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Early Hodgson Migrants to Australia


John Hodgson was convicted at Lincoln Assizes. He was one of 325 convicts transported on the Royal Admiral, departing in May 1792 for New South Wales (http://www.convictrecords.com.au/convicts/hodgson). Other transported Hodgsons are detailed on that webpage. John was the earliest male.

 


Jane Hodgson was convicted at a Lancaster Quarter Session. She was one of 99 convicts transported on the Speke, departing in March 1808 for New South Wales  (http://www.convictrecords.com.au/convicts/hodgson). Other transported Hodgsons are detailed on that webpage. Jane was the earliest female.

 


Benjamin Thomas Hodgson (1811-1865) was convicted at a York (Leeds Borough) Quarter Session for a term of 7 years. He was one of 176 convicts transported on the Lord Melville on 29 May 1830 which arrived in New South Wales in 1831. (http://www.convictrecords.com.au/convicts/hodgson). He married Sarah Ann Say and they had children Rebecca, Martha, Benjamin, Joseph, Jane and Mary.

 


John Hodgson (1799-?) was born in Studley, Wadworth, Yorkshire in 1799. He and his wife, Annie Buckley Hodgson, and four children sailed from London and arrived in Sydney, Australia in 23 July 1837, on board the Abel Gower. Later that year they settled in Port Phillip (now Melbourne), where John Hodgson was to become Mayor and a member of the Legislative Council of the Parliament of Victoria. His parents were William and Mary Hodgson. (Sources: Genealogical Society of Victoria, files of shipping lists from the Sydney Morning Herald; family records.)


Sir Arthur Hodgson (1818-1902) was a politician and squire. He was born on 29 June 1818 at Rickmansworth, Hertfordshire, England, the second son of Rev. Edward Hodgson (1776-1854) and his third wife Charlotte, daughter of Francis William Pemberton. In 1839 Arthur Hodgson went to Sydney in Australia. He entered political life as the prime mover of the <_x0021_xml:namespace prefix="st1" ns="urn:schemas-microsoft-com:office:smarttags"/>Moreton Bay and Northern Districts Separation Association, but his trenchant advocacy of convict labour, colonial peerages, national education and a restricted franchise was unpopular with many. Hodgson won the Clarence and Darling Downs seat in the New South Wales parliament in 1858 and Newcastle in 1859. In 1868-69 he represented Warrego in the Queensland Legislative Assembly and served in Sir Robert's Mackenzie's ministry as secretary for public works and goldfields in September-November 1868 and as colonial secretary in the Lilley ministry from January to November 1869, when Hodgson left the colony. While travelling in England and Europe in 1862-67 he had represented Queensland at exhibitions in London and Paris; he played the same role at Vienna in 1874, Paris in 1878 and London in 1886. For these services he was appointed C.M.G. in 1878 and K.C.M.G. in 1886. (Sources: F. H. Hodgson, In Memory of Sir Arthur Hodgson (1904); http://www.adb.online.anu.edu.au/biogs/A040455b.htm.)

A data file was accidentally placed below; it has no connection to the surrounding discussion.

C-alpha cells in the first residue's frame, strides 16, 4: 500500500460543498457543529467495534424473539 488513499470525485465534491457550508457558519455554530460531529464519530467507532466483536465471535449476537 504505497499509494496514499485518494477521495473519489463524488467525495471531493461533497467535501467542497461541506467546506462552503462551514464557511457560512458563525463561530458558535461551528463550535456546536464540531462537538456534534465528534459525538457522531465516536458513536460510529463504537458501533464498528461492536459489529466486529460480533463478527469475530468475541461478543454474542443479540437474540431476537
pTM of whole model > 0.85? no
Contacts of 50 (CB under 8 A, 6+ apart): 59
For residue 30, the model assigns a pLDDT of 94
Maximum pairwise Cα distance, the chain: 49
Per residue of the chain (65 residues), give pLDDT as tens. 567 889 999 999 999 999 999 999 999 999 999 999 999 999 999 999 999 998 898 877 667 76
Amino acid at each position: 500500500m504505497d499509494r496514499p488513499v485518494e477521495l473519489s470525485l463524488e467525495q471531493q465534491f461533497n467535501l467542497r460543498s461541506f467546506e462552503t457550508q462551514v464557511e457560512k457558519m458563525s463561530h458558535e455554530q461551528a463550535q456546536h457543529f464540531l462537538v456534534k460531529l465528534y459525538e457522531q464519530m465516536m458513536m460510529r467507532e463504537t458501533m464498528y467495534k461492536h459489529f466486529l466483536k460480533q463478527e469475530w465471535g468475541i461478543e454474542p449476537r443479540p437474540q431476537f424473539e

John Hodgson (1821-?) was born in February 1821, Carlisle, Cumberland, England. He arrived in Sydney on the Walter Morrice in 1849 and married Elizabeth Thompson in Parramatta. For further information see G. M. Hodgson Hodgson Saga, pp. 78-82.


James Charles Hodgson (1855-?) was born in Manchester, England. He attended the Quaker College in Pontefract in Yorkshire. He went to Australia as a sailor on the Thunderbolt from 26 Mar 1878 to 17 Aug 1878. He settled in Berwick, Victoria, married Kate Fraser 13 Apr 1881 and then moved to Wellington, New Zealand. (Source: Dorothy Stumer, a descendant. dotstumer@yahoo.com.au.)


Margaret Hodgson (1827-1909).was born in North Shields, Northumberland, England. She was the daughter of William Hodgson (born 1796) and Mary Ann from Newcastle-upon-Tyne, Northumberland. She arrived in Australia on 23 July 1880 on the Ganmee. She died in 1909 in Jesmond, New South Wales, Australia.